Guide to Testifying at a Public Hearing

Guide to Testifying at a Public Hearing

When you are called, sit at the speaker’s desk. You may begin with “Madam Chair, Mr. Chairman” (as appropriate) “and members of the committee.” Introduce yourself very distinctly so the transcriber can understand, and mention your town and the number and title of the bill you’ll be speaking on. In addition, most hearings and meetings are covered by Connecticut Network (CT-N) for broadcast over local cable access stations.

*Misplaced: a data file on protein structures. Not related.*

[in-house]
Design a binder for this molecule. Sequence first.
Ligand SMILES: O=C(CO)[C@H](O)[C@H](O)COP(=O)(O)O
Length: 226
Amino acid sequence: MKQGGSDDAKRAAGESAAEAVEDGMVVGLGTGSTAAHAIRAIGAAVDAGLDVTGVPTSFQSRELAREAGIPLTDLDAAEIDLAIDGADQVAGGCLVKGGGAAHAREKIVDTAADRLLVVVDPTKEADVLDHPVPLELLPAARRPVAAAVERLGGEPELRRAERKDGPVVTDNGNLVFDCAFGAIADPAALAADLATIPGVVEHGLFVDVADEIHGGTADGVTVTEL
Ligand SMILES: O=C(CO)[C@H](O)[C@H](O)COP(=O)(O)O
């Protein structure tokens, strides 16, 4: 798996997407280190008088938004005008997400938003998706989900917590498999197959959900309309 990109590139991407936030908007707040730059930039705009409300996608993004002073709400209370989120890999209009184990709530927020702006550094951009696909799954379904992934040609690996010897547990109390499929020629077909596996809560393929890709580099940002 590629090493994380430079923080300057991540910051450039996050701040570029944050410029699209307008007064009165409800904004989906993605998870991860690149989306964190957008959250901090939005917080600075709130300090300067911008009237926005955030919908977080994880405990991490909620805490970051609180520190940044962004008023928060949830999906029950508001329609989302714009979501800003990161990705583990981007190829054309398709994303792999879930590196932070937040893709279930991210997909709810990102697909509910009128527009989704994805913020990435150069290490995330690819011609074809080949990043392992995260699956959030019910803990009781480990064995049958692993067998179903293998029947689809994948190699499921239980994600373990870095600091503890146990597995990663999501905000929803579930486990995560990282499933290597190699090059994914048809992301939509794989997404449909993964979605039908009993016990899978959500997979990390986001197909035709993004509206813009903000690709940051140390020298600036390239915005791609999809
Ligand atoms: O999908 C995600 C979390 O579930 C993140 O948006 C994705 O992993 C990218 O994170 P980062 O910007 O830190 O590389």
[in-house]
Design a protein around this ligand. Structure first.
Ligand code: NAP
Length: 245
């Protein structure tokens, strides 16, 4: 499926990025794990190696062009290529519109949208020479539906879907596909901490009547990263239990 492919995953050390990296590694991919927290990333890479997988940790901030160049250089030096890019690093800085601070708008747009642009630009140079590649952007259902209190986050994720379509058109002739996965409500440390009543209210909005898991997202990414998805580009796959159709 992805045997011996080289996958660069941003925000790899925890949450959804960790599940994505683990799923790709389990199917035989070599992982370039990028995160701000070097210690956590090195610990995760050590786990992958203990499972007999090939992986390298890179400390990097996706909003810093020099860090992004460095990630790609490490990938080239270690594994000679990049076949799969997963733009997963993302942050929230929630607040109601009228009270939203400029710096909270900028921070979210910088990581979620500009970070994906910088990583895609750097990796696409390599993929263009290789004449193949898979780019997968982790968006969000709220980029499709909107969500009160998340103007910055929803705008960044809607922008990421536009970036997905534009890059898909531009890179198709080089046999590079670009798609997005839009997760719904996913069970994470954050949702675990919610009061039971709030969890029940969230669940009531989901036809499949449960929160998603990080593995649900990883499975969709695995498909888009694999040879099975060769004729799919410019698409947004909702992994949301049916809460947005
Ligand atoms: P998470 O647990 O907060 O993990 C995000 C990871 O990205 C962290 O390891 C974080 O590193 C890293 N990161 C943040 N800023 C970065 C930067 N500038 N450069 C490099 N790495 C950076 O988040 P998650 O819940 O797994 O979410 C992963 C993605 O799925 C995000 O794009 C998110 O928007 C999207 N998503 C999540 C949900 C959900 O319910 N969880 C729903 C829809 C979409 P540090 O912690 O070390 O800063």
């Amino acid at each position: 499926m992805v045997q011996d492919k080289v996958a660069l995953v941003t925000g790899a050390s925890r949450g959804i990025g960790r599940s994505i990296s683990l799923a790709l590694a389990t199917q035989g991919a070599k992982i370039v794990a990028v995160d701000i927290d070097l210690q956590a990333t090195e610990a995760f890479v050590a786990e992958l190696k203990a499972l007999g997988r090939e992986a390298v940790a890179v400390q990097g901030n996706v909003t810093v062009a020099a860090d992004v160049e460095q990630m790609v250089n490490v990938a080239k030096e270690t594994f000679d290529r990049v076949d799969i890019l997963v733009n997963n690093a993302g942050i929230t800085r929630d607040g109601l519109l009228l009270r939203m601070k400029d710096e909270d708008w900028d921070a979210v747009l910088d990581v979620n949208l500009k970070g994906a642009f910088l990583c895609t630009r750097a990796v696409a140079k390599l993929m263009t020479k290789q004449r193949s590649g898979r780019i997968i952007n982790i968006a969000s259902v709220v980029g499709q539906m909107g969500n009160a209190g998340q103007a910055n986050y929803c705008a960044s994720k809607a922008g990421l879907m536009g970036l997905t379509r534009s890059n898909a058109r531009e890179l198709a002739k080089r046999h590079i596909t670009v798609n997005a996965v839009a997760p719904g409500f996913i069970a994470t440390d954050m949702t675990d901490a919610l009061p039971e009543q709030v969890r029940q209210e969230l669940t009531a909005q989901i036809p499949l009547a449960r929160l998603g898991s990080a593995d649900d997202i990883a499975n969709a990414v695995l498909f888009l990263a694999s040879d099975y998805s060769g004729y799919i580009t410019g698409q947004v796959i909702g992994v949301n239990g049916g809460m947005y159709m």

Indicate right away whether you support the bill, oppose it, or are offering suggestions to improve it. Then explain your reasoning. Follow this procedure for each bill you discuss.

Keep your remarks short; 3-5 minutes is usually enough, but be sure not to exceed any announced time limits. If other speakers have already made your point, you can say that you agree with, or want to associate yourself with the remarks of one or more previous speakers. Your views and your name will then be clearly on record.

When you finish, remain at the microphone for a moment, in case committee members want to ask questions. Then return to your seat or leave the hearing, as you wish.

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